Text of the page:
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For years investors have entrusted their capital to a person who failed to invest it, did not try to invest it, or make a profit other than for themselves. The reason – the person soliciting the money was operating a Ponzi scheme. The facts vary from case to case. In some, for example, the solicitor is well known to the investor; in others he or she is virtually a stranger. In some instances, the solicitor takes steps to conceal that a fraudulent scheme is being conducted; in others they do not.

The common thread through many of the Ponzi scheme cases is that investors trust their funds to someone with little or no due diligence. Essentially that is the situation with the Commission’s latest case in this area, SEC v. Charlebois, Civil Action No. 3:22-cv-00223 (W.D.N.C. Filed May 19, 2022).

Defendants in this case are: Wynn A. D. Charbebois, supposedly a self-employed investor and consultant, and WC Private LLC, the holding company for Defendant Charbebois’ investments. For years Defendant Charbebois has successfully pitched potential investors with essentially the same story. Supposedly, he had provided consulting services for a number of companies. Each of those companies compensated him with stock options according to the story. Investors in some instances were shown a list of companies.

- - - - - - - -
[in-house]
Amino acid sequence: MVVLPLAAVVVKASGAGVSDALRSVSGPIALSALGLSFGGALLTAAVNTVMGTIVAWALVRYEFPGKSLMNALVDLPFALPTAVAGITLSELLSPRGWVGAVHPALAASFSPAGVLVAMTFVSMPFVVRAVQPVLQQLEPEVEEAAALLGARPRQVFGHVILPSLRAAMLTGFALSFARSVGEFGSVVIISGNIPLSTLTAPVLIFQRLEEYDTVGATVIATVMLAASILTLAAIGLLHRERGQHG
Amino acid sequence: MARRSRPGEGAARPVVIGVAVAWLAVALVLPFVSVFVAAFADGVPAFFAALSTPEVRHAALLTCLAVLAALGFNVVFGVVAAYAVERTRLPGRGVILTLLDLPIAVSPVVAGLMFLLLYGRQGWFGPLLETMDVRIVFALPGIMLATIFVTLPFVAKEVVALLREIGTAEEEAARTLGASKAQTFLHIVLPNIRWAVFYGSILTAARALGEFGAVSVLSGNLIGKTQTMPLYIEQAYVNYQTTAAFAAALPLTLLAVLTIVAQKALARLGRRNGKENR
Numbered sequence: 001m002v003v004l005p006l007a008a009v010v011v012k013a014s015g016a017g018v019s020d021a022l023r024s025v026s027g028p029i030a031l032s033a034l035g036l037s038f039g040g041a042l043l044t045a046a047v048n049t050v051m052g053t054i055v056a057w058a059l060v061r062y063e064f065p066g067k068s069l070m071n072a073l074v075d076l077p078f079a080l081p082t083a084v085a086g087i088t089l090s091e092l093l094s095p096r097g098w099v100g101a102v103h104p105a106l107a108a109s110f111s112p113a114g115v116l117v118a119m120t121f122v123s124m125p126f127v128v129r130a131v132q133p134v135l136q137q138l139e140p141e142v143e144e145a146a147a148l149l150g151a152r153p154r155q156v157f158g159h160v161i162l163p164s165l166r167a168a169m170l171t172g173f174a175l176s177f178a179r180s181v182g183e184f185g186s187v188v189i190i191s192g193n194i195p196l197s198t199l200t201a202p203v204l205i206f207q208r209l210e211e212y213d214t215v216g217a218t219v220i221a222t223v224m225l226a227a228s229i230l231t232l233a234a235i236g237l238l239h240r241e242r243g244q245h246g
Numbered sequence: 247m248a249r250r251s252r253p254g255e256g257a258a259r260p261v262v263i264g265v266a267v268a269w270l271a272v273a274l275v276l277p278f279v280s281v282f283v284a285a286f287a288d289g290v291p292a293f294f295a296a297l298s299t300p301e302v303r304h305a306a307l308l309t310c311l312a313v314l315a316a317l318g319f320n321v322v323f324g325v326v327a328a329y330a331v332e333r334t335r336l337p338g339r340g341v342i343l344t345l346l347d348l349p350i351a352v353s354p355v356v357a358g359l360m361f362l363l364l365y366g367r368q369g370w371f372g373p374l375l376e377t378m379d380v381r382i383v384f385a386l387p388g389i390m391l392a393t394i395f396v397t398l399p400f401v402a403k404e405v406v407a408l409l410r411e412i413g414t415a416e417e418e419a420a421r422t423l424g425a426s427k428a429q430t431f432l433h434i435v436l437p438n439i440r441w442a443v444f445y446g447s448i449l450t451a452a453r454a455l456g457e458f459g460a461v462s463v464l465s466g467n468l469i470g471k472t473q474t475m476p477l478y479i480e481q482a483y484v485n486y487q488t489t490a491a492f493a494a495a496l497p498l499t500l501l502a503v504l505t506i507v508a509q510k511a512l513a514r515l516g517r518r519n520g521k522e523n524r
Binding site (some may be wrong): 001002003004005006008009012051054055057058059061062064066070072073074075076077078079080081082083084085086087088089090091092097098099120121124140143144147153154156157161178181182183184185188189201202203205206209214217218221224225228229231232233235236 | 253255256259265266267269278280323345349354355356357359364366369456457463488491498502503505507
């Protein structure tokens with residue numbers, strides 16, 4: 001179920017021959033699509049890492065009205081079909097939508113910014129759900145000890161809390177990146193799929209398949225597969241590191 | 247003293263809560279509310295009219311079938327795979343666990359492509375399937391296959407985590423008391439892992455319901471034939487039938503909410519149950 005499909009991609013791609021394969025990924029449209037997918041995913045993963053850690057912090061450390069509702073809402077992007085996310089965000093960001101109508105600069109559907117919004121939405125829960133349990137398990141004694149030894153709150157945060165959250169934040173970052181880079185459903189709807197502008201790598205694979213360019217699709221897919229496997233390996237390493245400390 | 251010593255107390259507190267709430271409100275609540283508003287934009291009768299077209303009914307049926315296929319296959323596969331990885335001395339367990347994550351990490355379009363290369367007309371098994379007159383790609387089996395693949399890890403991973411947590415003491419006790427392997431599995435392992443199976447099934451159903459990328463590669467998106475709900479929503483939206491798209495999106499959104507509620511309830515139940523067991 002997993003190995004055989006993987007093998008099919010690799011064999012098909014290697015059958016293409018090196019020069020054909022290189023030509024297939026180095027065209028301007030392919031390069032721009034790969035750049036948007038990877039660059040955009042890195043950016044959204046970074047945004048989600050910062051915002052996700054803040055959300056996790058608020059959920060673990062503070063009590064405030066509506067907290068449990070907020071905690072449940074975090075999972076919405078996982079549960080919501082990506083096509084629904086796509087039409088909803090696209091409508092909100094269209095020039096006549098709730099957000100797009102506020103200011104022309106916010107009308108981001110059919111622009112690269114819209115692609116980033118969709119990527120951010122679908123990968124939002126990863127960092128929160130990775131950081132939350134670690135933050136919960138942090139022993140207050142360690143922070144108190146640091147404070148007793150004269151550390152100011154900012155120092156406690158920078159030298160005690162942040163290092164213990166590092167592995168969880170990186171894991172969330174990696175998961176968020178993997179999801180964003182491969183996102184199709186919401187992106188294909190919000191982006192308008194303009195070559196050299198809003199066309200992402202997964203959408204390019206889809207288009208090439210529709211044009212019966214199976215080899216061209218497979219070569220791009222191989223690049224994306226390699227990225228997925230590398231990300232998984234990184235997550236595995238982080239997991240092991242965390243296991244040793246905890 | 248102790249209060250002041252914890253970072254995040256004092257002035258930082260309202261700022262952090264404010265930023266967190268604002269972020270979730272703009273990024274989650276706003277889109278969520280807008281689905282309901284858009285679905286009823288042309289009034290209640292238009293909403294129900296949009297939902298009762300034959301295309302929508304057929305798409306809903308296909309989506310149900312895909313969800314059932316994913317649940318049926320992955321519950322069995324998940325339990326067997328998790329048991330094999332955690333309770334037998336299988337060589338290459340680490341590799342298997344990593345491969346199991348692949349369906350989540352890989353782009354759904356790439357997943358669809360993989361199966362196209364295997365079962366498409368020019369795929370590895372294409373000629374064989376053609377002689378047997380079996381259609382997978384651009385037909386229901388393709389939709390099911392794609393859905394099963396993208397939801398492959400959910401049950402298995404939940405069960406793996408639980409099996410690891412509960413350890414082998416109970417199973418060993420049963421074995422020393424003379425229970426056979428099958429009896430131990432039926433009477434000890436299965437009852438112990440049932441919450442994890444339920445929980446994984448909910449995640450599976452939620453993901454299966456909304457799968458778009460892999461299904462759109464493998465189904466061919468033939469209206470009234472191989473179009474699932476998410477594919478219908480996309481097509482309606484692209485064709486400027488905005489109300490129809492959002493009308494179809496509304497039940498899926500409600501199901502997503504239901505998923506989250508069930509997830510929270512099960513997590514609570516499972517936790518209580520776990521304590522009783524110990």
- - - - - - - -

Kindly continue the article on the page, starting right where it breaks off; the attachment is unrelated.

Since Defendant Charbebois was about to exercise the options, he decided to permit the investor to participate he claimed. The potential returns would be significant.

Typically, a short time after investors turned over their capital a series of questions would be posed about how much profit would be paid and when. Mr. Charbebois usually deflected the questions with responses that at times offered a reason for a delay. In some instances, Defendant Charbebois fabricated documents to show the investors.

The result was always the same – deflect; and investors waited for years. In fact, however, there were no stock options. The list of firms displayed to some investors were all private companies. No options had been issued to Mr. Charbebois. The investments did not exist, except in the life style of Mr. Charbbebois. Nevertheless, since 2005 the scheme continued.

In the last year it appears that the scheme unraveled. Five civil cases were initiated by investors against Mr. Charbebois. Demand letters were served alleging $1.345 million in investor losses. The Commission added to the growing list of suits by filing its case. The complaint, referencing three investors detailing the pitch made to each, alleges violations of each subsection of subsection of Securities Act Section 17(a) and Exchange Act Section 10(b). The case is pending. See Lit. Rel. No. 25397 (May 19, 2022).

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